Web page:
This isn’t the first time we’ve heard Ross mentioned in connection to the Cubs’ future, though most of the other references have come from rumors involving Joe Maddon’s tenuous tenure. But Ross potentially stepping into his old skipper’s shoes after 2019 isn’t all that far-fetched an idea. Sahadev Sharma’s straw poll of rival execs (subscription required/recommended) revealed a consensus that Grandpa Rossy would be Maddon’s successor.
And as Sharma wrote, “some suggested that they weren’t just going with the obvious choice, but they truly believed Ross would be the right move for the Cubs at that time.” While sentimentality rises to the forefront, there’s ample precedent for a former player with zero managerial experience stepping into that role. Most will point to Aaron Boone, one of Ross’s colleagues at ESPN for a year, as an example, but the Cubs are probably looking more closely at the man in their backyard.
Craig Counsell spent the final five seasons of his 16-year career with the Brewers, eventually retiring in 2011 at age 40. He then spent three years in the front office working alongside GM Doug Melvin and learning the game from a different angle than he’d ever been exposed to as a player.
“The biggest thing that helped me was being in the front office for three years,” Counsell told ESPN’s Jesse Rogers during an NLDS victory over the Rockies that the Cubs narrowly missed being part of. “I became more well-rounded as a thinker and someone that was going to be a leader.”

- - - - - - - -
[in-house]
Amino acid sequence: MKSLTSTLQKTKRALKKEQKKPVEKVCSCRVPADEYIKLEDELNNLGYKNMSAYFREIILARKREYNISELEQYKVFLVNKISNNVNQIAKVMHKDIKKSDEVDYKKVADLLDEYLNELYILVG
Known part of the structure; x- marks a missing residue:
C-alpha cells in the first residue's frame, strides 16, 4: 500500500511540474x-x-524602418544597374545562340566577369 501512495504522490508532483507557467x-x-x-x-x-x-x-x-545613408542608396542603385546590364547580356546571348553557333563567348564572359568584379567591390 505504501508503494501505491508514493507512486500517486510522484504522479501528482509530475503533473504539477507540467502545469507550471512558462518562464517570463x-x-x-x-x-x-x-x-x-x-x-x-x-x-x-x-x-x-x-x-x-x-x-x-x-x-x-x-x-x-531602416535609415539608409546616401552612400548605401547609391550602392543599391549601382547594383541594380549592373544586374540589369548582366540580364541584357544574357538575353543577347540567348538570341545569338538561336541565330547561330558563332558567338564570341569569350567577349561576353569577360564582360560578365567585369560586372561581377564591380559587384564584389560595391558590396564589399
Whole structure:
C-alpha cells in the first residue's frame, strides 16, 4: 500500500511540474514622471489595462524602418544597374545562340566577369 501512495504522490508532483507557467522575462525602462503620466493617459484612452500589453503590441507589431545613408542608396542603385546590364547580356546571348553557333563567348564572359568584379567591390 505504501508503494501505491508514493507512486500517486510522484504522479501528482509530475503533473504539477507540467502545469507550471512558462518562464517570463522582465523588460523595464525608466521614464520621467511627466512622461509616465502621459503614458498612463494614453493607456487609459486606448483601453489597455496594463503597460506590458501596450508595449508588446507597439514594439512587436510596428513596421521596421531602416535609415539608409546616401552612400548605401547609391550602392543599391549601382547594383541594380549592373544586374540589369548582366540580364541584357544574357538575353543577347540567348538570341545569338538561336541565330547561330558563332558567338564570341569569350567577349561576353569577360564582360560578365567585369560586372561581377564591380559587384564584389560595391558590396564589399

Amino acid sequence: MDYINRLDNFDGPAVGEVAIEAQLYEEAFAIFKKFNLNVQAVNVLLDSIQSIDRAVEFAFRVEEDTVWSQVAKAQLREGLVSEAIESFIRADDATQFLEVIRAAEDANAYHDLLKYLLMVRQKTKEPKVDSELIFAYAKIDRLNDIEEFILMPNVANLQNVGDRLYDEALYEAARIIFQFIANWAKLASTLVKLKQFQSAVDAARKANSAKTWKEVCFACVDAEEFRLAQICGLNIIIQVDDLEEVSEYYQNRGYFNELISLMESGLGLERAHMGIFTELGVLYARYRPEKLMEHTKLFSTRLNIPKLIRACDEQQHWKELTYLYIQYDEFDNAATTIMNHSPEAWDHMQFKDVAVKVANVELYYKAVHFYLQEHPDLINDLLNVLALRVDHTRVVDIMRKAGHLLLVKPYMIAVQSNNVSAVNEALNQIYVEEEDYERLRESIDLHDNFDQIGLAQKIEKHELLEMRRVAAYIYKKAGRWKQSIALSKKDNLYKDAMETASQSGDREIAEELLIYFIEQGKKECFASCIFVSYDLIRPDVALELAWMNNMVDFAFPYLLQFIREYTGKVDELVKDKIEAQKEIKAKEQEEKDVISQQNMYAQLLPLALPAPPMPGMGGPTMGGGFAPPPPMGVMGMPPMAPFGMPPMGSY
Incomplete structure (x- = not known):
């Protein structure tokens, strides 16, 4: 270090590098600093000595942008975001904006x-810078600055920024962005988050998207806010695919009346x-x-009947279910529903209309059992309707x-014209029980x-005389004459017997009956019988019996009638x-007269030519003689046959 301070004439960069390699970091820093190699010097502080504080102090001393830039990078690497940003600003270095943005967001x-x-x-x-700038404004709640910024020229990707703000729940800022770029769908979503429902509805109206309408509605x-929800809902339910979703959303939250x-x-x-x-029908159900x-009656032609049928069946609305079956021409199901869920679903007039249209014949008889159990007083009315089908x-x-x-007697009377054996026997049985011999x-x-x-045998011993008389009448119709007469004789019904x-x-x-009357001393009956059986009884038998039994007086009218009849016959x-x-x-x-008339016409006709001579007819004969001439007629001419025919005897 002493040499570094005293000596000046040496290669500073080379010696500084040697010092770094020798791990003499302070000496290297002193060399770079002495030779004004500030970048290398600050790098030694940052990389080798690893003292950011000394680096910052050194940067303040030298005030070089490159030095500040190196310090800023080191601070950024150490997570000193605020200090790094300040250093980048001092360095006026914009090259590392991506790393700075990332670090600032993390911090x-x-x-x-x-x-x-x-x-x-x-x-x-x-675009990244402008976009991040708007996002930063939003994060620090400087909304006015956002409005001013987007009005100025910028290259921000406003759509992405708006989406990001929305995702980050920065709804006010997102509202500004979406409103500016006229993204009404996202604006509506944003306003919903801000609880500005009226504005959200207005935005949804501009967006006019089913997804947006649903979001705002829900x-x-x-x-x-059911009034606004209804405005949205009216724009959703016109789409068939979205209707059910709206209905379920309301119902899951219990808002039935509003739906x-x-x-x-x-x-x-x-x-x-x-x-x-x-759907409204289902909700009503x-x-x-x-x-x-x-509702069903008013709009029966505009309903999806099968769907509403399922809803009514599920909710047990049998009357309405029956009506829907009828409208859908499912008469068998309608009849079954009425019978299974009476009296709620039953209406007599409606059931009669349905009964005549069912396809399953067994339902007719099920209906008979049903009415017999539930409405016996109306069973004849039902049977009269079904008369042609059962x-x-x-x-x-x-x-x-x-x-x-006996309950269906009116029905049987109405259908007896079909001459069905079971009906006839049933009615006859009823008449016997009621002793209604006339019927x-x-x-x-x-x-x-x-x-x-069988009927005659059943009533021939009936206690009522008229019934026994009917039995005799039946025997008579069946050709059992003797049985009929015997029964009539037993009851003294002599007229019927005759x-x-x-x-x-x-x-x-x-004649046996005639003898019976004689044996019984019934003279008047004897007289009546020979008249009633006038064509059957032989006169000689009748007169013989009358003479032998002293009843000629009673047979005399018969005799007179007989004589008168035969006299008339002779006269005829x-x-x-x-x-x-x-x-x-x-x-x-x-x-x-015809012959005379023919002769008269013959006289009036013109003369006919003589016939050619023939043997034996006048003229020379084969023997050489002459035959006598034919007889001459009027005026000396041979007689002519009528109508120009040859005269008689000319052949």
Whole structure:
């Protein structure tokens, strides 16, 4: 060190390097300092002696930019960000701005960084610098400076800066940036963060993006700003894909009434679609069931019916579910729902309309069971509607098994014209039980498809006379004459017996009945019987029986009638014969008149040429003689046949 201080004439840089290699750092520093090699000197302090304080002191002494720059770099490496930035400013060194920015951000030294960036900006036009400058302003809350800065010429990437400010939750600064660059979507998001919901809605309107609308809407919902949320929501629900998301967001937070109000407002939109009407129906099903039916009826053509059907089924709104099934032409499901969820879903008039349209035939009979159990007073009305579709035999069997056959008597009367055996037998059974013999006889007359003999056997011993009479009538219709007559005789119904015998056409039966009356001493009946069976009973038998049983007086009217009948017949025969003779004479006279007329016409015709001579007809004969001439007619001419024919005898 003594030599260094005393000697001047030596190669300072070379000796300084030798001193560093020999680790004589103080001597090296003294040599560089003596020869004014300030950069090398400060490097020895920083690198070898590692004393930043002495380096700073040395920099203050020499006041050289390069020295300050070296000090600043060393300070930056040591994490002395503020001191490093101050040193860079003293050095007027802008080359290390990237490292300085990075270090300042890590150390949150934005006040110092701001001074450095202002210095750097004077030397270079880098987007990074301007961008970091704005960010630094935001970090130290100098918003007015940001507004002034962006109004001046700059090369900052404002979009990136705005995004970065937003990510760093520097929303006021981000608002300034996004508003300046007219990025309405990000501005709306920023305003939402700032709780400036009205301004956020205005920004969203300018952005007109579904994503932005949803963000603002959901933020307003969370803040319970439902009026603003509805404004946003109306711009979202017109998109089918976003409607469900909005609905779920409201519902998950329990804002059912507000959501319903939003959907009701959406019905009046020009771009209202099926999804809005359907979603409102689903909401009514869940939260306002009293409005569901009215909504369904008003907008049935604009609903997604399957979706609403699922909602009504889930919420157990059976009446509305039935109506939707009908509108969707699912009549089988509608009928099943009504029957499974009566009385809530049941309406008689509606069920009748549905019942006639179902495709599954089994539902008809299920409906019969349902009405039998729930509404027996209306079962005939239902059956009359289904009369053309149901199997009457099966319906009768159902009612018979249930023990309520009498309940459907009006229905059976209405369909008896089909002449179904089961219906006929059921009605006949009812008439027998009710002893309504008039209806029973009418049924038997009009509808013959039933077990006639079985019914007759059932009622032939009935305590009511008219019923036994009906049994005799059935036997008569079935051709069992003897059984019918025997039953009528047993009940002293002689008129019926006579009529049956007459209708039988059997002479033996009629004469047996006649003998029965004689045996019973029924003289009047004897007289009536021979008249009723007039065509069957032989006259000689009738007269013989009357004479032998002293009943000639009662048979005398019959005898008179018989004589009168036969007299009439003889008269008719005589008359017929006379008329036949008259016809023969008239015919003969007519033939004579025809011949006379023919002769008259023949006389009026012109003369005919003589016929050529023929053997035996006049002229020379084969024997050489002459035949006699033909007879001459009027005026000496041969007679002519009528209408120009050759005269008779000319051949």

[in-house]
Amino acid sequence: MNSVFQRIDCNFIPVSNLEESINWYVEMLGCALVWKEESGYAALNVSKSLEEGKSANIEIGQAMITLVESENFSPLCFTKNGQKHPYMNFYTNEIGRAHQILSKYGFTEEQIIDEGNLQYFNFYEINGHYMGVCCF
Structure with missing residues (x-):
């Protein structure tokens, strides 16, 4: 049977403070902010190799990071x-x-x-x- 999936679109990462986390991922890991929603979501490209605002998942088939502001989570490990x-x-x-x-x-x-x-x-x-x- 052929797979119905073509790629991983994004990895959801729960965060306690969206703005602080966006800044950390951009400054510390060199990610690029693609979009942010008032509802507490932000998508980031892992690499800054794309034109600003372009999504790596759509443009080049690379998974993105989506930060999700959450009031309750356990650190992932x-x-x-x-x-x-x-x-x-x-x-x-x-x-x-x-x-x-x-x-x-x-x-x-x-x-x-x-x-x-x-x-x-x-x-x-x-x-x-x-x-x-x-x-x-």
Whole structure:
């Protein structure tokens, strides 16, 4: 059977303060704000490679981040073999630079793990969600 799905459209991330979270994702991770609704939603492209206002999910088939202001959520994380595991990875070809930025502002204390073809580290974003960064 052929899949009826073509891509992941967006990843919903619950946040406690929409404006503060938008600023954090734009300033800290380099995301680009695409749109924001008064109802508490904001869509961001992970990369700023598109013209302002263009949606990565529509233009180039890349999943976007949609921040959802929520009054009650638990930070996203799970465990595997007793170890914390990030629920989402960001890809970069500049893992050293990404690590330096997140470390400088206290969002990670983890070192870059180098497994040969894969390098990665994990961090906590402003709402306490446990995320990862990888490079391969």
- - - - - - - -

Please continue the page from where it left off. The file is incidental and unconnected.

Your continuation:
Ross retired at age 39 after a 15-year career and will be in his third year away from an active roster here in 2019. He’s remained around the game as part of ESPN’s baseball coverage, which gives him the chance to pick the brains of various players and execs while viewing the game from, quite literally, a different vantage point.
And since catchers are really an extension of the manager on the field, Ross’s playing career would have prepared him to some extent. There’s also his ability to have a red ass and get in a teammate’s face without alienating that player or losing his respect. As a journeyman who spent most of his career as a backup, but ho then worked with his sport’s prima donnas on the mound, Ross is able to relate to just about everyone.
Those are qualities that have served Counsell well in Milwaukee and they’d surely ease Ross’s transition from the TV studio to the clubhouse. If, that is, the Cubs indeed see fit to move in that direction at some point. And keep in mind that we might not be talking about 2020, even though that’s when Maddon’s contract expires. The Cubs are waiting to have any extension talks until later in the season, but it’s not out of the question that he could be around for another year or more.
Perhaps Ross could even assume the bench coach role should Maddon receive an extension and Brandon Hyde isn’t again passed over for the head gig somewhere else. That will all sort itself out in time. For now, it’s just a matter of the Cubs wanting to move Grandpa Rossy a little closer to home so their young players can pick his brain and maybe sharpen those edges a little bit.